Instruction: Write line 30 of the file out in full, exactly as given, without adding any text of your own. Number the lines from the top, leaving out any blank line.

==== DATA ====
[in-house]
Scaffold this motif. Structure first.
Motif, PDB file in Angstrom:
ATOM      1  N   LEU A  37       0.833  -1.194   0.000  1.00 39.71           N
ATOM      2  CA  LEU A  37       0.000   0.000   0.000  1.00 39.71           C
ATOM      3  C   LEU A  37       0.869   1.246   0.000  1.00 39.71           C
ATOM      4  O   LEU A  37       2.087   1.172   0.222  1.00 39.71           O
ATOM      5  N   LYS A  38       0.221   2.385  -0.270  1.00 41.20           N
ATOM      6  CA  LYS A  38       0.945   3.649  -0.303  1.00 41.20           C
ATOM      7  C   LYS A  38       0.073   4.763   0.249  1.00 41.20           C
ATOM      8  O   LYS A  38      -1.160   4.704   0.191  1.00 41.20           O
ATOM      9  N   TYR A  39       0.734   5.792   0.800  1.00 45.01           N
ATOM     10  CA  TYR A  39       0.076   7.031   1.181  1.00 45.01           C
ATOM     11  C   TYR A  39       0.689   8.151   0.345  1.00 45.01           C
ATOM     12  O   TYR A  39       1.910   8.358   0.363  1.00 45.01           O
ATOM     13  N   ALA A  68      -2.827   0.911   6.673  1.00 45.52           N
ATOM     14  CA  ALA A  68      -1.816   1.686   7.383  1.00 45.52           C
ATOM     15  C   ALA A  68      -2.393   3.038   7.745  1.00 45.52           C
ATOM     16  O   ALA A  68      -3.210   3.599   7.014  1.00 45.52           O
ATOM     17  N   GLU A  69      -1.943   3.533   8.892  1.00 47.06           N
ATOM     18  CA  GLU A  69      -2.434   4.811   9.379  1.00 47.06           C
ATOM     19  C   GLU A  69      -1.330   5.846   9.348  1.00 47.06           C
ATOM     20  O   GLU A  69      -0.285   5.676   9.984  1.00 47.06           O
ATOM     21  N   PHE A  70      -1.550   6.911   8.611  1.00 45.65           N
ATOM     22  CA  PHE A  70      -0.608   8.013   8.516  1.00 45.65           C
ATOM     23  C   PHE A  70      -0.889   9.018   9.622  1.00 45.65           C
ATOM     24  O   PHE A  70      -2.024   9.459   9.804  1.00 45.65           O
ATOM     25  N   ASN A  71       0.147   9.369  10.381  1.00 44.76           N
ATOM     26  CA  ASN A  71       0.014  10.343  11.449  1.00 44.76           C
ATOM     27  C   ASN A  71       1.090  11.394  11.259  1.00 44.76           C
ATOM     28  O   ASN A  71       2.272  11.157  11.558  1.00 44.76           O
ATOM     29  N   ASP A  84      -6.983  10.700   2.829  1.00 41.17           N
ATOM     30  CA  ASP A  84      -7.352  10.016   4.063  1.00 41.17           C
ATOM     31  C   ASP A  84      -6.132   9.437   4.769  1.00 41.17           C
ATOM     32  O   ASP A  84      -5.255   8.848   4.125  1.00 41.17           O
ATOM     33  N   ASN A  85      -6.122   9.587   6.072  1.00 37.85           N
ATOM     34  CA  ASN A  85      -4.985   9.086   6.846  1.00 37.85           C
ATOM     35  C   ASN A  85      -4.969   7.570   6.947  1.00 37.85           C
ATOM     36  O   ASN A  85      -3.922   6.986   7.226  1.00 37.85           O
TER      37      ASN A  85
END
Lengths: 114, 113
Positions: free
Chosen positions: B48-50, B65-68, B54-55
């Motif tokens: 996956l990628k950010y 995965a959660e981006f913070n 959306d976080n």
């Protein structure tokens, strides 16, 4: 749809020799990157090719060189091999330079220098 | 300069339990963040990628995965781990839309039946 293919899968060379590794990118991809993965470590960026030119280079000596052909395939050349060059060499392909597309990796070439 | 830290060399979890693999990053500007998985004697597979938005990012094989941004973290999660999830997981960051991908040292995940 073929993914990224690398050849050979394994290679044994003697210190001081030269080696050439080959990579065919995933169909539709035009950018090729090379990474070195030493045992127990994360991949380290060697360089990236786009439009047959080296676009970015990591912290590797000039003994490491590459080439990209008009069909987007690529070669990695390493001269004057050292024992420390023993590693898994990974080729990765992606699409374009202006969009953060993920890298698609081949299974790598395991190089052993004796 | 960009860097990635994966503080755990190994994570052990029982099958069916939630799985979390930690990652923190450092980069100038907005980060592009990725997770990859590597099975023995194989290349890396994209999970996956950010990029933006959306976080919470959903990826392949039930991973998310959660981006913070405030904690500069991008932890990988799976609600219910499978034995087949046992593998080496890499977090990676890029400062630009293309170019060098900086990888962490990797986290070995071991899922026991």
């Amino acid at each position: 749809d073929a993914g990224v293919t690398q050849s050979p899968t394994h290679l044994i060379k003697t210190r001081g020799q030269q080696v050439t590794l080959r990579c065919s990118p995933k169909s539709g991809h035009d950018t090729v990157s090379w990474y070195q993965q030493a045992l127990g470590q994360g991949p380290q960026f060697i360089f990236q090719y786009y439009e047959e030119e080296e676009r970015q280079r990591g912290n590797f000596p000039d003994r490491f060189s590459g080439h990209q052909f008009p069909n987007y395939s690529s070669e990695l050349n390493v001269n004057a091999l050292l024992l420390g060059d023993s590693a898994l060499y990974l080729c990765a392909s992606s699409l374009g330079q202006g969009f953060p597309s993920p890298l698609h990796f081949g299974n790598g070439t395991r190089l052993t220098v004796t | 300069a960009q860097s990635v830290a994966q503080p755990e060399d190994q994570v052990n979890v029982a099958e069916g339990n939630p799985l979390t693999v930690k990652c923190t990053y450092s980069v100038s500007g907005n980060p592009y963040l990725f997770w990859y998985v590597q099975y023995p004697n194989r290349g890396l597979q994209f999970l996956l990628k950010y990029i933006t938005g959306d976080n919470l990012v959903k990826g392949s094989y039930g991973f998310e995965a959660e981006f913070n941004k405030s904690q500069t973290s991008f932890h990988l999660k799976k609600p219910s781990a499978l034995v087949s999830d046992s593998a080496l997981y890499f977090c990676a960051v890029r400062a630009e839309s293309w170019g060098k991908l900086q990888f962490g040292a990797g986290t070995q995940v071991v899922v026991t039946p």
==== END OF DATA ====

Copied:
ATOM     27  C   ASN A  71       1.090  11.394  11.259  1.00 44.76           C